IMG_4776One of my responsibilities as production manager was to look over the pages before they were driven to the printer (John Murray)
Last year The Waterbury Observer celebrated their 25th year. I’ve been with the Connecticut based newspaper in some capacity for at least the last 23. Print media is in my blood and it’s because of my time with the paper.
It all started when I walked into their office as a junior in high school. I started by answering the phone, typing press releases and writing a youth-centered column called Brass City Youth. My goal was to learn everything I could. By my senior year, I was the production manager, in charge of page design and layout of the then biweekly newspaper.
Definitely not your average job for a 16/17-year-old, and I loved it. This was back when each page needed to be printed out and the ads, pictures, captions and more all had to be pasted on 11x17 sheets, compiled and then driven to a printer — I’ve cut my finger with an X-Acto knife more than I can count.
I worked for the newspaper full time through my senior year, and for several years after graduating from high school before moving on to other things. I still continue my work with the paper — working with them twice a year in a smaller capacity. I have an amazing relationship with the publisher and his daughter, who are great friends and grateful to have them still in my life.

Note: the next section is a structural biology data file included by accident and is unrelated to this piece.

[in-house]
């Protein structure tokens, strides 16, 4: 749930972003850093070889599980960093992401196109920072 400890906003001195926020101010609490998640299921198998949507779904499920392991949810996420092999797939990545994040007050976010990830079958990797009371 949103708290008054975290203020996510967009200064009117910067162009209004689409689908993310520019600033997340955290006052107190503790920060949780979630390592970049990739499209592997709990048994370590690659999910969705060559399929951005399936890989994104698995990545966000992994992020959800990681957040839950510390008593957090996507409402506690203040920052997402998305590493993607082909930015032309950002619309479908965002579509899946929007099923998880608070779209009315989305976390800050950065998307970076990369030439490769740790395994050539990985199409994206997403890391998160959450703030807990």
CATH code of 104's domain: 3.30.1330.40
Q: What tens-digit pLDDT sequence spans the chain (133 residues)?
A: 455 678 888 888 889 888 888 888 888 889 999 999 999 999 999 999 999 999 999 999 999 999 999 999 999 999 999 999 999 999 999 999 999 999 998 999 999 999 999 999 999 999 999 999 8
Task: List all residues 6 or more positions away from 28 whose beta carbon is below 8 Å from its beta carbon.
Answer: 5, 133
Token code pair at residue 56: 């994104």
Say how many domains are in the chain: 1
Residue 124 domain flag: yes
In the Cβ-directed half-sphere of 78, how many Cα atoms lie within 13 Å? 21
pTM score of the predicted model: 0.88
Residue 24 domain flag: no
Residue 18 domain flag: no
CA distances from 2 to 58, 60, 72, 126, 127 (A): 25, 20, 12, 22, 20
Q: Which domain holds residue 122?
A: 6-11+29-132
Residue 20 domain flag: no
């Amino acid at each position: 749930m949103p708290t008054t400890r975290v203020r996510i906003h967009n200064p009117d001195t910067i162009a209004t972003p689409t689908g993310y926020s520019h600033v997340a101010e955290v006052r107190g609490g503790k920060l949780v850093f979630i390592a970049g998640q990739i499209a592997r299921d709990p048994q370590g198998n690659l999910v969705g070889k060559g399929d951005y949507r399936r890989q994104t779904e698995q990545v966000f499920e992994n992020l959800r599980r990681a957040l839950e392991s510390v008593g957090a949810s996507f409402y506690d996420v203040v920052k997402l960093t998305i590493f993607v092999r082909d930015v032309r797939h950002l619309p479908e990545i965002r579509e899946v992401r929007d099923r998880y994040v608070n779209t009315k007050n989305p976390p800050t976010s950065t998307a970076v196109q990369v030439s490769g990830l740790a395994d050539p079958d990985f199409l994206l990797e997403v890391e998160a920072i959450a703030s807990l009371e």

Fishing through some old pictures reminded me of how cool it’s been to be part of The Observer for all these years, and the skills I still use because of my time there. How incredible the ride has been.
IMG_4767Once pages were laid out, the staff of the then bi-weekly newspaper would paste up ads, pictures and cutlines to the mechanicals before they were driven to the printer (John Murray)
IMG_4778I started working for the newspaper when I was just a junior in high school. I was full time when I reached my senior year and stayed on full time after graduating. I still work with the paper twice a year and have a great relationship with the publisher and his daughter (John Murray)